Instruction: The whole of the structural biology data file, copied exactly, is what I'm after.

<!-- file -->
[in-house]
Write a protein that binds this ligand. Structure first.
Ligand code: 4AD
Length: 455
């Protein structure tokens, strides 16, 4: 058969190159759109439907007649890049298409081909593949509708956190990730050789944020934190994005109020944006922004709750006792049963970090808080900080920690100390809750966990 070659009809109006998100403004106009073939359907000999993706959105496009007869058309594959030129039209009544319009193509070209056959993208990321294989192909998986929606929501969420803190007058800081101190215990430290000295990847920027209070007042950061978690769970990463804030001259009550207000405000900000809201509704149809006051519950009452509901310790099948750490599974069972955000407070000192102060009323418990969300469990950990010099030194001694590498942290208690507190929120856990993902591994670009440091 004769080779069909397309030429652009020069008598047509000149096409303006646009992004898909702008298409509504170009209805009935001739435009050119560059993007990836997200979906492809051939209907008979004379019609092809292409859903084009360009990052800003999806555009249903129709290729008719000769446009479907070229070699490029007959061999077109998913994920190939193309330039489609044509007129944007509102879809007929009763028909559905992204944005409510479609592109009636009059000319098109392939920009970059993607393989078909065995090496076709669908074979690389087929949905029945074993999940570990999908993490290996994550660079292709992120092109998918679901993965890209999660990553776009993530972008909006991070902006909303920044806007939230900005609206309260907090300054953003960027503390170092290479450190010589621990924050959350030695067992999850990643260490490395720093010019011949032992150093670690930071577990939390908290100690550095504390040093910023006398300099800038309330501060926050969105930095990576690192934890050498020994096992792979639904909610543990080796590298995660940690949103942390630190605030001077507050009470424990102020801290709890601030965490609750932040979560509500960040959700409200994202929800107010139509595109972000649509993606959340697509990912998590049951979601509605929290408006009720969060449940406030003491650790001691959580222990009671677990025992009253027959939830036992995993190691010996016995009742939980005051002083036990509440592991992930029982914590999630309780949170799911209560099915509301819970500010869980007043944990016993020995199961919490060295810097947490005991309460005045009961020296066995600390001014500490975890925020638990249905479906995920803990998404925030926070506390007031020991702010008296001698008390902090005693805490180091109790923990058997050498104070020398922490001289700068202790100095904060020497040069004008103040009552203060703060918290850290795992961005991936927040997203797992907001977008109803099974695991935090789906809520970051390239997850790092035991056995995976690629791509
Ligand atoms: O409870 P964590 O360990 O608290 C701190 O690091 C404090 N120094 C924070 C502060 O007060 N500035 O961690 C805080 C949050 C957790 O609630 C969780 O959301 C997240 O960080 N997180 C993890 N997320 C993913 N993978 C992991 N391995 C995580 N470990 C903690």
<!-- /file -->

[in-house]
Write a protein that binds this ligand. Structure first.
Ligand code: 4AD
Length: 455
């Protein structure tokens, strides 16, 4: 058969190159759109439907007649890049298409081909593949509708956190990730050789944020934190994005109020944006922004709750006792049963970090808080900080920690100390809750966990 070659009809109006998100403004106009073939359907000999993706959105496009007869058309594959030129039209009544319009193509070209056959993208990321294989192909998986929606929501969420803190007058800081101190215990430290000295990847920027209070007042950061978690769970990463804030001259009550207000405000900000809201509704149809006051519950009452509901310790099948750490599974069972955000407070000192102060009323418990969300469990950990010099030194001694590498942290208690507190929120856990993902591994670009440091 004769080779069909397309030429652009020069008598047509000149096409303006646009992004898909702008298409509504170009209805009935001739435009050119560059993007990836997200979906492809051939209907008979004379019609092809292409859903084009360009990052800003999806555009249903129709290729008719000769446009479907070229070699490029007959061999077109998913994920190939193309330039489609044509007129944007509102879809007929009763028909559905992204944005409510479609592109009636009059000319098109392939920009970059993607393989078909065995090496076709669908074979690389087929949905029945074993999940570990999908993490290996994550660079292709992120092109998918679901993965890209999660990553776009993530972008909006991070902006909303920044806007939230900005609206309260907090300054953003960027503390170092290479450190010589621990924050959350030695067992999850990643260490490395720093010019011949032992150093670690930071577990939390908290100690550095504390040093910023006398300099800038309330501060926050969105930095990576690192934890050498020994096992792979639904909610543990080796590298995660940690949103942390630190605030001077507050009470424990102020801290709890601030965490609750932040979560509500960040959700409200994202929800107010139509595109972000649509993606959340697509990912998590049951979601509605929290408006009720969060449940406030003491650790001691959580222990009671677990025992009253027959939830036992995993190691010996016995009742939980005051002083036990509440592991992930029982914590999630309780949170799911209560099915509301819970500010869980007043944990016993020995199961919490060295810097947490005991309460005045009961020296066995600390001014500490975890925020638990249905479906995920803990998404925030926070506390007031020991702010008296001698008390902090005693805490180091109790923990058997050498104070020398922490001289700068202790100095904060020497040069004008103040009552203060703060918290850290795992961005991936927040997203797992907001977008109803099974695991935090789906809520970051390239997850790092035991056995995976690629791509
Ligand atoms: O409870 P964590 O360990 O608290 C701190 O690091 C404090 N120094 C924070 C502060 O007060 N500035 O961690 C805080 C949050 C957790 O609630 C969780 O959301 C997240 O960080 N997180 C993890 N997320 C993913 N993978 C992991 N391995 C995580 N470990 C903690």